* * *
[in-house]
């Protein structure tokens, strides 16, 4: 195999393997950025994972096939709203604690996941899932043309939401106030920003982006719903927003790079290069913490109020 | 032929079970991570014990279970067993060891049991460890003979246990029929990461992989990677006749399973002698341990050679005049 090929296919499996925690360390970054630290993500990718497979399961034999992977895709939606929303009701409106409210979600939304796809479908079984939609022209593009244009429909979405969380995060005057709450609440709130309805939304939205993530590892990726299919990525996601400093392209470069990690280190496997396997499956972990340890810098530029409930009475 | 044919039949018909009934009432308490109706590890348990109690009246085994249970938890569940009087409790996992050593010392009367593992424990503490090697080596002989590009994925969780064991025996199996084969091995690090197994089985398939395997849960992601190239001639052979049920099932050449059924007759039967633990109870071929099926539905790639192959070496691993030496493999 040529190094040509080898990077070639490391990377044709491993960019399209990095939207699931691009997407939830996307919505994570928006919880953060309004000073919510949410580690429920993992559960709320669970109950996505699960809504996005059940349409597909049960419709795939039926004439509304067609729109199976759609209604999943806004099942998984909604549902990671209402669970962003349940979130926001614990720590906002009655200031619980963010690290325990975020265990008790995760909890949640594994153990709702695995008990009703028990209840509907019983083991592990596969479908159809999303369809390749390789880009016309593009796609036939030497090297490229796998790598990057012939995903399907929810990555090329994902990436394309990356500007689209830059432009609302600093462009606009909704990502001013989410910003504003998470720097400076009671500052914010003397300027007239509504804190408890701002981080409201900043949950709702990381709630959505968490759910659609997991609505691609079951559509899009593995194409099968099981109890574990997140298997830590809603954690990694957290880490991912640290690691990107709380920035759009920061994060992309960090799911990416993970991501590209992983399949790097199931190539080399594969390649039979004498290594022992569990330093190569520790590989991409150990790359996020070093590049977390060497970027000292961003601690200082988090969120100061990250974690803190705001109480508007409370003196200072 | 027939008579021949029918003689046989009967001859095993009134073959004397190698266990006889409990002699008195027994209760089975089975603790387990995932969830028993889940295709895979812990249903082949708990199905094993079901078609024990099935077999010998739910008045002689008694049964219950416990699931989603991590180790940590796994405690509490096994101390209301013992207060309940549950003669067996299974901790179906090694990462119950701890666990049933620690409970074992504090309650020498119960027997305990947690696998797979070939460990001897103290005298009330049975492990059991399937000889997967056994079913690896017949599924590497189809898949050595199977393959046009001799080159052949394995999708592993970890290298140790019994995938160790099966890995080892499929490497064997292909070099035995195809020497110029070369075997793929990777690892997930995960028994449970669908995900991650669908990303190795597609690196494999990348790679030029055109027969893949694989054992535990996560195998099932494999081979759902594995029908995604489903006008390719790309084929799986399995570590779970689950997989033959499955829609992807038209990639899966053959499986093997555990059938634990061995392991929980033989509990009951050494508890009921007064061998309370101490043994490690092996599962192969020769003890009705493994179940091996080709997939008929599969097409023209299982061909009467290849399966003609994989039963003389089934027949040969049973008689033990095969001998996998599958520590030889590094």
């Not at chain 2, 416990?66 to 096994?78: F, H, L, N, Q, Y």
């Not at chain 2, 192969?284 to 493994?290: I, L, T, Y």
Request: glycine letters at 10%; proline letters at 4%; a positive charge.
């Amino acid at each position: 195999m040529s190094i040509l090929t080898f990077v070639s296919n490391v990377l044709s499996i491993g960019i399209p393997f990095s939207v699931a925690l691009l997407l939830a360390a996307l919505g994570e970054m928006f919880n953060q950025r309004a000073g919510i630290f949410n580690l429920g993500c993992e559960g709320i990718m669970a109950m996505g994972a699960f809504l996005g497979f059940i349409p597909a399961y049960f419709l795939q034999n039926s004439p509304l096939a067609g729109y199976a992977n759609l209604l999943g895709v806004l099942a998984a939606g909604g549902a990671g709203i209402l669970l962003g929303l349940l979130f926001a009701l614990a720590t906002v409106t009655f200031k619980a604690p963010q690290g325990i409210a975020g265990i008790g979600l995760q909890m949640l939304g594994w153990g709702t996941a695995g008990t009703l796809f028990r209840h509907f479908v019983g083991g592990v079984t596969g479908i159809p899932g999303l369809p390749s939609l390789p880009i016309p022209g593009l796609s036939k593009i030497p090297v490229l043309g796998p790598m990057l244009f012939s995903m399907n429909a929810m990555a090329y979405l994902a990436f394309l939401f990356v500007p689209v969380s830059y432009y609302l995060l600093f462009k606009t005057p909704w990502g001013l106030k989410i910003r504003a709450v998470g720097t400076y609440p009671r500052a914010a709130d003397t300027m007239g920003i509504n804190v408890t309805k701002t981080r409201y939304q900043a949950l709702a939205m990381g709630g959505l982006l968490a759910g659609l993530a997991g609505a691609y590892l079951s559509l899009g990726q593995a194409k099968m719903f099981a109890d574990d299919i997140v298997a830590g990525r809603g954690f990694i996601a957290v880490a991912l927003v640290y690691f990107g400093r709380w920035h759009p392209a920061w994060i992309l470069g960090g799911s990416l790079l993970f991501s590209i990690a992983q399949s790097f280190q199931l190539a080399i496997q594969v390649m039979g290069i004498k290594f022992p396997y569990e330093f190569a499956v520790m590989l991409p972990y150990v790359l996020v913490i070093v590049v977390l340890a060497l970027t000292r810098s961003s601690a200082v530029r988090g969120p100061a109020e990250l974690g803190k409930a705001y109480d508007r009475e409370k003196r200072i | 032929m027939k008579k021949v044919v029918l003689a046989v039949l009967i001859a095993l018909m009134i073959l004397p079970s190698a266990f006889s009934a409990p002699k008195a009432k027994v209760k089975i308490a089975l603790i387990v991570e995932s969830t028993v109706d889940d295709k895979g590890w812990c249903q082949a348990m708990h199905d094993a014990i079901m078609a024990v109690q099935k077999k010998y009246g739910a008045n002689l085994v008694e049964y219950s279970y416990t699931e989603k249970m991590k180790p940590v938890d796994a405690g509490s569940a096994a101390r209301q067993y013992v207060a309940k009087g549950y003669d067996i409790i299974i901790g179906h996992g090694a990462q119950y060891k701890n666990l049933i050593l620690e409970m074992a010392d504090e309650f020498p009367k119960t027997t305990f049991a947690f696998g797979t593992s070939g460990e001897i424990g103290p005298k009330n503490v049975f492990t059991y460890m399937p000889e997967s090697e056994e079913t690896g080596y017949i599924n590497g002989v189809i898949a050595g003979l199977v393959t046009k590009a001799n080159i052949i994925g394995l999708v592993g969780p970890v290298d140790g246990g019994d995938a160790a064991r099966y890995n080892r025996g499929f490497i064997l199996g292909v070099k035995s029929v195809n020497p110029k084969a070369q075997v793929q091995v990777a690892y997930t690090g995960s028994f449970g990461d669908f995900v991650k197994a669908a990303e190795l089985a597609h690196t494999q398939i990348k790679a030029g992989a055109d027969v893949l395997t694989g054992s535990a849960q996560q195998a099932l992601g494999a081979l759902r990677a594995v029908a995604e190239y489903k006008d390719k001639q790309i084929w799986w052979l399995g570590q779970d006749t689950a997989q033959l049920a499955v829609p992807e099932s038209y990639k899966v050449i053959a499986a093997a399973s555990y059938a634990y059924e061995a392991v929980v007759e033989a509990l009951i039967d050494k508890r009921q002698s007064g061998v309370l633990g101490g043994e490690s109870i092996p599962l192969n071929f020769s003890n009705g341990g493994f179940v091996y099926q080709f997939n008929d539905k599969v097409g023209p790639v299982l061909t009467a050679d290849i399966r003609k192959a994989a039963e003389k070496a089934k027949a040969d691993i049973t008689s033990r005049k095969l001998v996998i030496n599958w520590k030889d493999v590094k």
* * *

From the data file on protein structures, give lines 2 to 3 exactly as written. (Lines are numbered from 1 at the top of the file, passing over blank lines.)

């Protein structure tokens, strides 16, 4: 195999393997950025994972096939709203604690996941899932043309939401106030920003982006719903927003790079290069913490109020 | 032929079970991570014990279970067993060891049991460890003979246990029929990461992989990677006749399973002698341990050679005049 090929296919499996925690360390970054630290993500990718497979399961034999992977895709939606929303009701409106409210979600939304796809479908079984939609022209593009244009429909979405969380995060005057709450609440709130309805939304939205993530590892990726299919990525996601400093392209470069990690280190496997396997499956972990340890810098530029409930009475 | 044919039949018909009934009432308490109706590890348990109690009246085994249970938890569940009087409790996992050593010392009367593992424990503490090697080596002989590009994925969780064991025996199996084969091995690090197994089985398939395997849960992601190239001639052979049920099932050449059924007759039967633990109870071929099926539905790639192959070496691993030496493999 040529190094040509080898990077070639490391990377044709491993960019399209990095939207699931691009997407939830996307919505994570928006919880953060309004000073919510949410580690429920993992559960709320669970109950996505699960809504996005059940349409597909049960419709795939039926004439509304067609729109199976759609209604999943806004099942998984909604549902990671209402669970962003349940979130926001614990720590906002009655200031619980963010690290325990975020265990008790995760909890949640594994153990709702695995008990009703028990209840509907019983083991592990596969479908159809999303369809390749390789880009016309593009796609036939030497090297490229796998790598990057012939995903399907929810990555090329994902990436394309990356500007689209830059432009609302600093462009606009909704990502001013989410910003504003998470720097400076009671500052914010003397300027007239509504804190408890701002981080409201900043949950709702990381709630959505968490759910659609997991609505691609079951559509899009593995194409099968099981109890574990997140298997830590809603954690990694957290880490991912640290690691990107709380920035759009920061994060992309960090799911990416993970991501590209992983399949790097199931190539080399594969390649039979004498290594022992569990330093190569520790590989991409150990790359996020070093590049977390060497970027000292961003601690200082988090969120100061990250974690803190705001109480508007409370003196200072 | 027939008579021949029918003689046989009967001859095993009134073959004397190698266990006889409990002699008195027994209760089975089975603790387990995932969830028993889940295709895979812990249903082949708990199905094993079901078609024990099935077999010998739910008045002689008694049964219950416990699931989603991590180790940590796994405690509490096994101390209301013992207060309940549950003669067996299974901790179906090694990462119950701890666990049933620690409970074992504090309650020498119960027997305990947690696998797979070939460990001897103290005298009330049975492990059991399937000889997967056994079913690896017949599924590497189809898949050595199977393959046009001799080159052949394995999708592993970890290298140790019994995938160790099966890995080892499929490497064997292909070099035995195809020497110029070369075997793929990777690892997930995960028994449970669908995900991650669908990303190795597609690196494999990348790679030029055109027969893949694989054992535990996560195998099932494999081979759902594995029908995604489903006008390719790309084929799986399995570590779970689950997989033959499955829609992807038209990639899966053959499986093997555990059938634990061995392991929980033989509990009951050494508890009921007064061998309370101490043994490690092996599962192969020769003890009705493994179940091996080709997939008929599969097409023209299982061909009467290849399966003609994989039963003389089934027949040969049973008689033990095969001998996998599958520590030889590094």
């Not at chain 2, 416990?66 to 096994?78: F, H, L, N, Q, Y």